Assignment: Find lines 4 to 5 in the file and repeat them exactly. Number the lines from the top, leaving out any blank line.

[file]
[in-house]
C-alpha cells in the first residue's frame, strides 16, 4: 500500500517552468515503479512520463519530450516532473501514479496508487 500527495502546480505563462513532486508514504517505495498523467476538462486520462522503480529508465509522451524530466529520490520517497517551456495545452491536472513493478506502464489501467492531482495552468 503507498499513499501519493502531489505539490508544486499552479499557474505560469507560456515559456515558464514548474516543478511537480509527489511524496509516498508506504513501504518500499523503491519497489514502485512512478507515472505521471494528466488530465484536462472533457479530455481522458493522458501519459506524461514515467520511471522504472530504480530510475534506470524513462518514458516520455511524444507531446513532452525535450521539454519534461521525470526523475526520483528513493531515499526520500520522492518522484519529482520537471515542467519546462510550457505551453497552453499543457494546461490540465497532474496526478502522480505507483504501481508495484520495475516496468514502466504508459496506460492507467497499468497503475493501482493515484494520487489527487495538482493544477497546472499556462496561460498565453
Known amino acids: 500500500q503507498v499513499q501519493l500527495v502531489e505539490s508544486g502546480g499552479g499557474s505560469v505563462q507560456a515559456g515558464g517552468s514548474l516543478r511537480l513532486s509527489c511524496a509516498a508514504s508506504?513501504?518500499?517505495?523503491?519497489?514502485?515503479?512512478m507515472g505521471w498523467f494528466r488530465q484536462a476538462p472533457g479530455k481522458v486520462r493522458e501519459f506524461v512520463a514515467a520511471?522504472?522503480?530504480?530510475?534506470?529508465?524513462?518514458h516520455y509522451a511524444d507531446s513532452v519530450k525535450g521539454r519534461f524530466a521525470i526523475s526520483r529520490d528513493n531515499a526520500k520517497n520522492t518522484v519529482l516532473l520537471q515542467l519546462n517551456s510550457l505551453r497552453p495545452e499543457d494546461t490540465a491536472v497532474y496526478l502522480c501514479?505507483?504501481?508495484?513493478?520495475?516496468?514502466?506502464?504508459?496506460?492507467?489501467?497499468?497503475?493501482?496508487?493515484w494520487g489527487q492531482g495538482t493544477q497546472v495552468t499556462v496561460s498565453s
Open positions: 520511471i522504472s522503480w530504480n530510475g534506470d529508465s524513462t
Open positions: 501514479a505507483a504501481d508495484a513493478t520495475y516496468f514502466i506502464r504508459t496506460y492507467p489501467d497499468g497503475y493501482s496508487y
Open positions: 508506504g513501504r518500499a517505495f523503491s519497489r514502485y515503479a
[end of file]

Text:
Open positions: 520511471i522504472s522503480w530504480n530510475g534506470d529508465s524513462t
Open positions: 501514479a505507483a504501481d508495484a513493478t520495475y516496468f514502466i506502464r504508459t496506460y492507467p489501467d497499468g497503475y493501482s496508487y